"The FDIC's handling of the last crisis … engendered an enormous amount of confidence in its abilities," Delston said. "That confidence has continued under the current financial crisis."
But others said that this crisis is also more complex and difficult than previous ones, and that the FDIC is being asked to resolve institutions with a far greater magnitude than anything it has handled previously.
"Jamming a tremendously different function under the current statute, which has built an FDIC and funded an FDIC for deposit insurance, creates significant risk for the agency, which … is staffed up to support deposit insurance and [bank] resolutions, not bank and nonbank guarantees, let alone any resulting resolutions that would come from that," said Karen Shaw Petrou, a managing partner of Federal Financial Analytics Inc.
Some observers are asking whether the FDIC should continue to oversee the thousands of state-chartered banks for which it is the primary federal regulator, similar to questions about the Fed's supervision of banks if it is given systemic oversight authority.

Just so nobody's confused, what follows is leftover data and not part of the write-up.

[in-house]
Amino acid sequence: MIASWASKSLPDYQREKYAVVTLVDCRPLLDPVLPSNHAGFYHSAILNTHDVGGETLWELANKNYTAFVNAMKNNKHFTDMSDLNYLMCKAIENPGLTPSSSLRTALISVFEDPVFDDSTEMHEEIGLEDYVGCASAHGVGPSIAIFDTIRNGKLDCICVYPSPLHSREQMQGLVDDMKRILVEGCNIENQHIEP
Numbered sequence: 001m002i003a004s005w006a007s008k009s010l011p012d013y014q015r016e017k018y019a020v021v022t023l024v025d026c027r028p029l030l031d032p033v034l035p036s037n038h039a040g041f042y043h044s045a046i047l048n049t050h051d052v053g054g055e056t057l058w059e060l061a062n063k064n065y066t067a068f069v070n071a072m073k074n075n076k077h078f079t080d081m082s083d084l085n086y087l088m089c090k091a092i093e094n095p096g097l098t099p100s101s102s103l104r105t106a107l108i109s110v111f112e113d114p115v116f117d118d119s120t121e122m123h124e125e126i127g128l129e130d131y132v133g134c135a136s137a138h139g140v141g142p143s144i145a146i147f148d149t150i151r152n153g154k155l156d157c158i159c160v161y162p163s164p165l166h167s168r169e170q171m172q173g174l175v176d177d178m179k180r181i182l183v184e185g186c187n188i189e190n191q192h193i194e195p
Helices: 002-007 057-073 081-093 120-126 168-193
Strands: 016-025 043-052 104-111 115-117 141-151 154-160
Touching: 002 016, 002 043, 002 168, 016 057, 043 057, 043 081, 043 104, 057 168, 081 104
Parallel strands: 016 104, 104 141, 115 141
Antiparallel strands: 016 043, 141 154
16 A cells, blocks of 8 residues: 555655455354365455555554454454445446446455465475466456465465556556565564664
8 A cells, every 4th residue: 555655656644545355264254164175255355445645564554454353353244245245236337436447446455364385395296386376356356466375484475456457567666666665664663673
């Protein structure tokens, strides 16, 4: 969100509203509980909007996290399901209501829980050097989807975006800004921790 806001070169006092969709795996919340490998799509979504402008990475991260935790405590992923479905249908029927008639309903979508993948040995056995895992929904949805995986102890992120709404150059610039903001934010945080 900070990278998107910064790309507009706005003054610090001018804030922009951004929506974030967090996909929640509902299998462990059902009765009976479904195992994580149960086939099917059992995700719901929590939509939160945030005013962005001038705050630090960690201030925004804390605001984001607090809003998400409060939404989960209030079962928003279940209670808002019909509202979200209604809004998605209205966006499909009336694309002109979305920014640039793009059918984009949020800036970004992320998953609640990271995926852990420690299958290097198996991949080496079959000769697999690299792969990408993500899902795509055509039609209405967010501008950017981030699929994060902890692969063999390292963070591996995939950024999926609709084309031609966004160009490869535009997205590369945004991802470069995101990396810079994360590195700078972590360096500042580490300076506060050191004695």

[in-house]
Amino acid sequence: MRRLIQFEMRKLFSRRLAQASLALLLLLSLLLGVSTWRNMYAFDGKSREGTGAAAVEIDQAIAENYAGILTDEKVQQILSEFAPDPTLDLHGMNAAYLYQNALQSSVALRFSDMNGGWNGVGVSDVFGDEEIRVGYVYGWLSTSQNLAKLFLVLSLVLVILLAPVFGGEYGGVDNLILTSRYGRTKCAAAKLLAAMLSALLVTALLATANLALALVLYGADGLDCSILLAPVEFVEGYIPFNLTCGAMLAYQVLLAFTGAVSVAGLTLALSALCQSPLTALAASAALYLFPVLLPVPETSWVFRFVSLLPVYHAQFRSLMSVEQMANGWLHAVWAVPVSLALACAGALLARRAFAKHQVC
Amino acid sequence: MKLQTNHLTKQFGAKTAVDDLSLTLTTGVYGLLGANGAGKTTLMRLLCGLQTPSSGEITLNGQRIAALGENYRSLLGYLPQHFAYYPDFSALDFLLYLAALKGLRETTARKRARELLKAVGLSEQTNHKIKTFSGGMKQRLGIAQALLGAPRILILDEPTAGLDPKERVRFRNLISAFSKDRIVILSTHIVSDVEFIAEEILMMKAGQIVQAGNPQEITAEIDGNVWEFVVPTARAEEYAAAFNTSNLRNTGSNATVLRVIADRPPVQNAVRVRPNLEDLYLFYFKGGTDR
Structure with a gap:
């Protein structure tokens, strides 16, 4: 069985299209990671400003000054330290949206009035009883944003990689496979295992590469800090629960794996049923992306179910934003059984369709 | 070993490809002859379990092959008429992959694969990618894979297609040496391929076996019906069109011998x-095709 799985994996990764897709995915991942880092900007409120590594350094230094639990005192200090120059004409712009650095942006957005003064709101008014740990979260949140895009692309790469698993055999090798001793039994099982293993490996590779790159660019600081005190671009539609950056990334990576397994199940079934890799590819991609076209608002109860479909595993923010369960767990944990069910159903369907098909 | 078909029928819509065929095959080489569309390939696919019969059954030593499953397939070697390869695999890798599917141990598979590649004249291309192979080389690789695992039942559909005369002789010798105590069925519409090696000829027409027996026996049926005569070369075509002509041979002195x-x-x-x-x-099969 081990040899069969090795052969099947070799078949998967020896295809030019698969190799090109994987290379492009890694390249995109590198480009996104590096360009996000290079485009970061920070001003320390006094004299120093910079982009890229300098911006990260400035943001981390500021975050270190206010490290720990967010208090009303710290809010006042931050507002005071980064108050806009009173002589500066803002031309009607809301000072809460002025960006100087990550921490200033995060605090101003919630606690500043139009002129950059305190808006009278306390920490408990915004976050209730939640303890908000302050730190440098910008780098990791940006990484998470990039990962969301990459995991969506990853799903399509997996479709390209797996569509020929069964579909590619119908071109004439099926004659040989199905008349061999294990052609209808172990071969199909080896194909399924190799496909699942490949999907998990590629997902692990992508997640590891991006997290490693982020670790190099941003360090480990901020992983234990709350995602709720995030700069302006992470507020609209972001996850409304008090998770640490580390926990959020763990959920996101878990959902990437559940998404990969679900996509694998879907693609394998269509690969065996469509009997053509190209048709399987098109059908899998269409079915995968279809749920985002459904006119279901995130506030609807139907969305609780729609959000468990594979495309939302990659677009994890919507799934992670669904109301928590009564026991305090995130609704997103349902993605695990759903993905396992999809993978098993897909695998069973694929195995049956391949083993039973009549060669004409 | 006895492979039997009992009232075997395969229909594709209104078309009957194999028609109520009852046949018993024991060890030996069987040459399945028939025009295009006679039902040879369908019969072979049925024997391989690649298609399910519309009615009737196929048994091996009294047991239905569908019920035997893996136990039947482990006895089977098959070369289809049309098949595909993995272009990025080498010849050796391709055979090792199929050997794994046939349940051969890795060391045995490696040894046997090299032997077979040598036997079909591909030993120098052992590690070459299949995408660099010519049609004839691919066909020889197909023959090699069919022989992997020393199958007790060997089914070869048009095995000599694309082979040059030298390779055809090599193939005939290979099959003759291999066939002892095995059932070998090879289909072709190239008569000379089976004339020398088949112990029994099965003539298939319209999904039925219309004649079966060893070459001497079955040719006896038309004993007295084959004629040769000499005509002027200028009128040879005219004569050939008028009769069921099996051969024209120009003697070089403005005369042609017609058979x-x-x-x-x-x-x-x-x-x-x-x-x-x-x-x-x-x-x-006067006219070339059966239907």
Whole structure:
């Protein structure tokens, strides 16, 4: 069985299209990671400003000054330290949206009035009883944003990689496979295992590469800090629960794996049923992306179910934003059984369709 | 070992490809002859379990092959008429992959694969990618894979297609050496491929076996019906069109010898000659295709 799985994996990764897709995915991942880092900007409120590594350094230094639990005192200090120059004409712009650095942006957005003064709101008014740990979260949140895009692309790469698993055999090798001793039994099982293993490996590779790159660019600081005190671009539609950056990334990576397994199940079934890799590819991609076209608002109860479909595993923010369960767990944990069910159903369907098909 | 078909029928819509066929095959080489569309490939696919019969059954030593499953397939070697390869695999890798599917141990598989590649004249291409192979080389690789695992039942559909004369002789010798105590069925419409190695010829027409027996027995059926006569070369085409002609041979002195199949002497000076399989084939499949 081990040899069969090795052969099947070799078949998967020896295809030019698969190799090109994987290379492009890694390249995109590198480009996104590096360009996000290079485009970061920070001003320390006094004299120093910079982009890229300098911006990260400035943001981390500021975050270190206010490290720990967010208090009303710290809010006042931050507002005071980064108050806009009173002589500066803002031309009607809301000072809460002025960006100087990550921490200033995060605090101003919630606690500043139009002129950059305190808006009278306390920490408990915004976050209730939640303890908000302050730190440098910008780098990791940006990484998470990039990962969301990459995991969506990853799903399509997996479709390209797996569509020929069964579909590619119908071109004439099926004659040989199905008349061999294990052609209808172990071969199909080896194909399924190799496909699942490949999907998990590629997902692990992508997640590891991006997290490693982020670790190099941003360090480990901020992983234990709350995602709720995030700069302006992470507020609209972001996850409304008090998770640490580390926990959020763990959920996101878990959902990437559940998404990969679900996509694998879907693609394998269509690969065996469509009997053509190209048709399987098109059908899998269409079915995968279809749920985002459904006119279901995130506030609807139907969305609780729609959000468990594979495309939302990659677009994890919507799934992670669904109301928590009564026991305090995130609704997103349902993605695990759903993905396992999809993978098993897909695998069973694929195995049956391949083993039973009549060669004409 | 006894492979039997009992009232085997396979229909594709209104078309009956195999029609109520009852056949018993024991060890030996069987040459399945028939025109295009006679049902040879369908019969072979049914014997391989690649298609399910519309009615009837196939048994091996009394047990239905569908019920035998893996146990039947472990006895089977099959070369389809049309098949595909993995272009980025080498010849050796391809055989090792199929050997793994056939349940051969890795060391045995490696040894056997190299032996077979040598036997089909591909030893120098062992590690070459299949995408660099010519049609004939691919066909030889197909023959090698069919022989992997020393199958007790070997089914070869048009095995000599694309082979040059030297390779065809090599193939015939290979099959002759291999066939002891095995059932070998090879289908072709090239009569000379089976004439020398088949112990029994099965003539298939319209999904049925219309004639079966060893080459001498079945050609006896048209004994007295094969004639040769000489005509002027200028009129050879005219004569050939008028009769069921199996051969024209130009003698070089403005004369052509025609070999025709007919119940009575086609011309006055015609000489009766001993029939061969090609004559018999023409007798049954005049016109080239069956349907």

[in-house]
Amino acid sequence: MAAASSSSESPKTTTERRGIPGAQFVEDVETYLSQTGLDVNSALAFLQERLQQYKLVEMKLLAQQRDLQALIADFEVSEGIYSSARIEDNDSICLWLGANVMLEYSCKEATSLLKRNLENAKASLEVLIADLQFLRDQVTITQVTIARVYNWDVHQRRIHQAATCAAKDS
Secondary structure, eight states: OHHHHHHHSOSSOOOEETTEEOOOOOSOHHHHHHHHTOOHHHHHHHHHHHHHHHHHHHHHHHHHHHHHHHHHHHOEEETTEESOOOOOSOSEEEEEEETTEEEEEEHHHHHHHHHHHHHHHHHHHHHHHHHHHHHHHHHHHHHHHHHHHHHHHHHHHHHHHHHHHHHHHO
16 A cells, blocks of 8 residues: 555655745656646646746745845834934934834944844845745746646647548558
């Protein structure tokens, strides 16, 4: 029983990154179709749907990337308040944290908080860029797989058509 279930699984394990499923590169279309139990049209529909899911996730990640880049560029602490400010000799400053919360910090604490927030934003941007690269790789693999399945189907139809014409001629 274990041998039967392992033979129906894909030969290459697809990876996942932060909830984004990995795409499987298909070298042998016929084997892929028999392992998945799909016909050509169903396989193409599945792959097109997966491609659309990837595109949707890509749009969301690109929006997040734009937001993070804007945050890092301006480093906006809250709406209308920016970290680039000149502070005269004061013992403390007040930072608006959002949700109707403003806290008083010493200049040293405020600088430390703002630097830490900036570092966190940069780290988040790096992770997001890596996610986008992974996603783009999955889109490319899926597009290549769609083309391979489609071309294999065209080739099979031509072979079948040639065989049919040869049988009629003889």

"Let the FDIC be the receivership and conservatorship agency, … and consolidate within a banking agency the prudential oversight that's needed," said Cornelius Hurley, a former Fed lawyer and now a Boston University law professor.
Others argued that the FDIC should continue to handle its supervisory role.
Robert DeYoung, a University of Kansas finance professor, said the agency's workload would be lighter once the economy improves. "It's not the case that an agency can't do multiple tasks," he said.